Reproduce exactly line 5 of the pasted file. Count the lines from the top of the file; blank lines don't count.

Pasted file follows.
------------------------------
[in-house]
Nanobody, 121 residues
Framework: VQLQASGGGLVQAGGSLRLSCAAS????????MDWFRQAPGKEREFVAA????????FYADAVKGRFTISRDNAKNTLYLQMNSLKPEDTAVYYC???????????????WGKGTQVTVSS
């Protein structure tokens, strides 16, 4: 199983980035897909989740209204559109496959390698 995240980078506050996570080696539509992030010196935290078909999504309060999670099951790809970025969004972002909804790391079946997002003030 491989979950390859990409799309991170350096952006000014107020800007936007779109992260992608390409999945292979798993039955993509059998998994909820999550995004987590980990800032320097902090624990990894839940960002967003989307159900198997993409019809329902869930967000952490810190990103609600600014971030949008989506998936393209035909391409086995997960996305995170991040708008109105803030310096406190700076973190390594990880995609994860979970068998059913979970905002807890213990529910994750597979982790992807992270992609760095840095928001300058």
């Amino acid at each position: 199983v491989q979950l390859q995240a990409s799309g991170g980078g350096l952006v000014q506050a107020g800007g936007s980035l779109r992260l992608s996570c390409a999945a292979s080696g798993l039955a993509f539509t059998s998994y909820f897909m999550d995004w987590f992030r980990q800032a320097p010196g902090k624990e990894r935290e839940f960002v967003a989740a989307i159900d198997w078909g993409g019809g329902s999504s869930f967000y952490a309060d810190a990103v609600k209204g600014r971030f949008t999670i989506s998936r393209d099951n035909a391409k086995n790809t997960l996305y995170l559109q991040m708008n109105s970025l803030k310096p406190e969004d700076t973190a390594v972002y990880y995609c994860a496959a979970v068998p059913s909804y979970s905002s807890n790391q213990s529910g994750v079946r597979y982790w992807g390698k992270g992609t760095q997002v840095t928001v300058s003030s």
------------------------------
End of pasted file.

């Amino acid at each position: 199983v491989q979950l390859q995240a990409s799309g991170g980078g350096l952006v000014q506050a107020g800007g936007s980035l779109r992260l992608s996570c390409a999945a292979s080696g798993l039955a993509f539509t059998s998994y909820f897909m999550d995004w987590f992030r980990q800032a320097p010196g902090k624990e990894r935290e839940f960002v967003a989740a989307i159900d198997w078909g993409g019809g329902s999504s869930f967000y952490a309060d810190a990103v609600k209204g600014r971030f949008t999670i989506s998936r393209d099951n035909a391409k086995n790809t997960l996305y995170l559109q991040m708008n109105s970025l803030k310096p406190e969004d700076t973190a390594v972002y990880y995609c994860a496959a979970v068998p059913s909804y979970s905002s807890n790391q213990s529910g994750v079946r597979y982790w992807g390698k992270g992609t760095q997002v840095t928001v300058s003030s």